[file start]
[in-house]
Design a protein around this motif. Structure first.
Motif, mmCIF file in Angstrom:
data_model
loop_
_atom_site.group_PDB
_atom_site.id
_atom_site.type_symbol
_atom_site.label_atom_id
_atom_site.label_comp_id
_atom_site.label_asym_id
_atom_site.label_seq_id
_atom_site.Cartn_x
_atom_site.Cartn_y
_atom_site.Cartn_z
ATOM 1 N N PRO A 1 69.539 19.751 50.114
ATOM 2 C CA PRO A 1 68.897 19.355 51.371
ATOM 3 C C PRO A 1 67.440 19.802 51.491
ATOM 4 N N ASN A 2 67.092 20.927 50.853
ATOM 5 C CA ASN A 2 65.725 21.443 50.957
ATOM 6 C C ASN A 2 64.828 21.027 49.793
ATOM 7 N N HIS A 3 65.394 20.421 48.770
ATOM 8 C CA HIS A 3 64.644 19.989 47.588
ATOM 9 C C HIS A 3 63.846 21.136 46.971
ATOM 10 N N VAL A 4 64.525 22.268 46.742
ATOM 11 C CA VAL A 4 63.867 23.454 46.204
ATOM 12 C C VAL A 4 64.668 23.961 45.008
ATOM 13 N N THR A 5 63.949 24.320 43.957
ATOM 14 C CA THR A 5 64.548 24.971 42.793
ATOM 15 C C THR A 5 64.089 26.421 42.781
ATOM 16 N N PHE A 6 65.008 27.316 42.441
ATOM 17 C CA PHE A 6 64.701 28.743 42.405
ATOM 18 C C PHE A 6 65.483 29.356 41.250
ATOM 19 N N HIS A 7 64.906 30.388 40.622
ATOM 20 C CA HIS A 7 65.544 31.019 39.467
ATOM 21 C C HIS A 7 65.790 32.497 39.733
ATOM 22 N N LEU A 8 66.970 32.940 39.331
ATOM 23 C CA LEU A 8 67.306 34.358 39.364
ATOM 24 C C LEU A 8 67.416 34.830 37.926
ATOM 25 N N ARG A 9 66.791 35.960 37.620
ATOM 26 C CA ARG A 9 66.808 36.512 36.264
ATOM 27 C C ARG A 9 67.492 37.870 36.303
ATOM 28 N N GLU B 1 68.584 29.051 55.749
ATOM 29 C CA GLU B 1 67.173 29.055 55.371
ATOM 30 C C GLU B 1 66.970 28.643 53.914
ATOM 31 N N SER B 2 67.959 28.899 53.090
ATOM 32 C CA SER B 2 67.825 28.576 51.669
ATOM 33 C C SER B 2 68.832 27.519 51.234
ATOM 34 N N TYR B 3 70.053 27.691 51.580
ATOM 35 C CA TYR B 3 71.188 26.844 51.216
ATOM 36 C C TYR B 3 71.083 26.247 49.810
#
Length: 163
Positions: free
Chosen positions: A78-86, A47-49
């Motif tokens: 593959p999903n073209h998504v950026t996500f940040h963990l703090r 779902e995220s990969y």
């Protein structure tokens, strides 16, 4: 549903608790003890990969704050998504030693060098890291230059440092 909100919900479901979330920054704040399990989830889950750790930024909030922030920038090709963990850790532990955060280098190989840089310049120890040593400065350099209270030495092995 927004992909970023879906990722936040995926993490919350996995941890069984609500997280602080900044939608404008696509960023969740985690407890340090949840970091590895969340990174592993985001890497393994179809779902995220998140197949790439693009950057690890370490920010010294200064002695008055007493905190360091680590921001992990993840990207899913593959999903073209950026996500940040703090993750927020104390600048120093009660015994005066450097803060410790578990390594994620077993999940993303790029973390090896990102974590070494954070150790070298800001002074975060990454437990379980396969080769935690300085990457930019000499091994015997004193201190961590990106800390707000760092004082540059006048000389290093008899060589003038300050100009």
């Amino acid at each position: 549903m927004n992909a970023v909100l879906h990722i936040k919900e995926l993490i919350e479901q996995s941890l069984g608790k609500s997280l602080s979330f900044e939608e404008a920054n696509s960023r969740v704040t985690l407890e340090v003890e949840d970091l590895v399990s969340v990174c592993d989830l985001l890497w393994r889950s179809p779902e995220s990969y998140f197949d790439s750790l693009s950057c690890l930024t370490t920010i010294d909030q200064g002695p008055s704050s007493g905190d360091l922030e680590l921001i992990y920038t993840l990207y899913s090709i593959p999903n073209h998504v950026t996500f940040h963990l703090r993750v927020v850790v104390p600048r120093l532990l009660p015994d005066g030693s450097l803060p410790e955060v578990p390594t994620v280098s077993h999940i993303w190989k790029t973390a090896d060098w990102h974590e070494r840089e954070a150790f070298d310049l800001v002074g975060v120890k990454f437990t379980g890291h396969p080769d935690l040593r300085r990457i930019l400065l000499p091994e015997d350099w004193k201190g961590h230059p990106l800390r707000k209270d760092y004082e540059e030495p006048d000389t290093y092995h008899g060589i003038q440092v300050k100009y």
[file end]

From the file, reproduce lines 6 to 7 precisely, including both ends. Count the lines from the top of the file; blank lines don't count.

_atom_site.group_PDB
_atom_site.id